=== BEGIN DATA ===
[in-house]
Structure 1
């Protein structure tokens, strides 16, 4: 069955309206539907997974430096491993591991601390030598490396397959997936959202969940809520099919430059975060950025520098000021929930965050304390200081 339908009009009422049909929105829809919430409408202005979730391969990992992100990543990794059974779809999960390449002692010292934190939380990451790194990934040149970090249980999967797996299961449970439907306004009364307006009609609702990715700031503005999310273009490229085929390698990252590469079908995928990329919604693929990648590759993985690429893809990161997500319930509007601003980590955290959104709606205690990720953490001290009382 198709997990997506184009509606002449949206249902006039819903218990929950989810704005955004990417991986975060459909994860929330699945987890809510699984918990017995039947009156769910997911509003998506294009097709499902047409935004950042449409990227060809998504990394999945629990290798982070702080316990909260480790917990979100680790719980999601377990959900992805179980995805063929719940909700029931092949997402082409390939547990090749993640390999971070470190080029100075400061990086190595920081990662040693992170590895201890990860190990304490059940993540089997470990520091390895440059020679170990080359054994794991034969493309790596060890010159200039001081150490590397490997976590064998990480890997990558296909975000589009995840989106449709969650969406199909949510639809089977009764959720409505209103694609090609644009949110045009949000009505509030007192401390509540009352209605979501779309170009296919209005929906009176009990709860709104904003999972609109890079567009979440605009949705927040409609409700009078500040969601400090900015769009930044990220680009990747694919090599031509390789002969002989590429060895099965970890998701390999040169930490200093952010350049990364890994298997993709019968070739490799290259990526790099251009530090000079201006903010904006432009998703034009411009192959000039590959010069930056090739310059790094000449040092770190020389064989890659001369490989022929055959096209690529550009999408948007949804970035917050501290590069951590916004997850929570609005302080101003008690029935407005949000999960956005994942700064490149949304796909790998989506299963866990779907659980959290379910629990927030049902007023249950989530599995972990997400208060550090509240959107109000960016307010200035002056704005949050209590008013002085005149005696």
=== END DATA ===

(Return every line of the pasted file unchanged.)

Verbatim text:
[in-house]
Structure 1
């Protein structure tokens, strides 16, 4: 069955309206539907997974430096491993591991601390030598490396397959997936959202969940809520099919430059975060950025520098000021929930965050304390200081 339908009009009422049909929105829809919430409408202005979730391969990992992100990543990794059974779809999960390449002692010292934190939380990451790194990934040149970090249980999967797996299961449970439907306004009364307006009609609702990715700031503005999310273009490229085929390698990252590469079908995928990329919604693929990648590759993985690429893809990161997500319930509007601003980590955290959104709606205690990720953490001290009382 198709997990997506184009509606002449949206249902006039819903218990929950989810704005955004990417991986975060459909994860929330699945987890809510699984918990017995039947009156769910997911509003998506294009097709499902047409935004950042449409990227060809998504990394999945629990290798982070702080316990909260480790917990979100680790719980999601377990959900992805179980995805063929719940909700029931092949997402082409390939547990090749993640390999971070470190080029100075400061990086190595920081990662040693992170590895201890990860190990304490059940993540089997470990520091390895440059020679170990080359054994794991034969493309790596060890010159200039001081150490590397490997976590064998990480890997990558296909975000589009995840989106449709969650969406199909949510639809089977009764959720409505209103694609090609644009949110045009949000009505509030007192401390509540009352209605979501779309170009296919209005929906009176009990709860709104904003999972609109890079567009979440605009949705927040409609409700009078500040969601400090900015769009930044990220680009990747694919090599031509390789002969002989590429060895099965970890998701390999040169930490200093952010350049990364890994298997993709019968070739490799290259990526790099251009530090000079201006903010904006432009998703034009411009192959000039590959010069930056090739310059790094000449040092770190020389064989890659001369490989022929055959096209690529550009999408948007949804970035917050501290590069951590916004997850929570609005302080101003008690029935407005949000999960956005994942700064490149949304796909790998989506299963866990779907659980959290379910629990927030049902007023249950989530599995972990997400208060550090509240959107109000960016307010200035002056704005949050209590008013002085005149005696």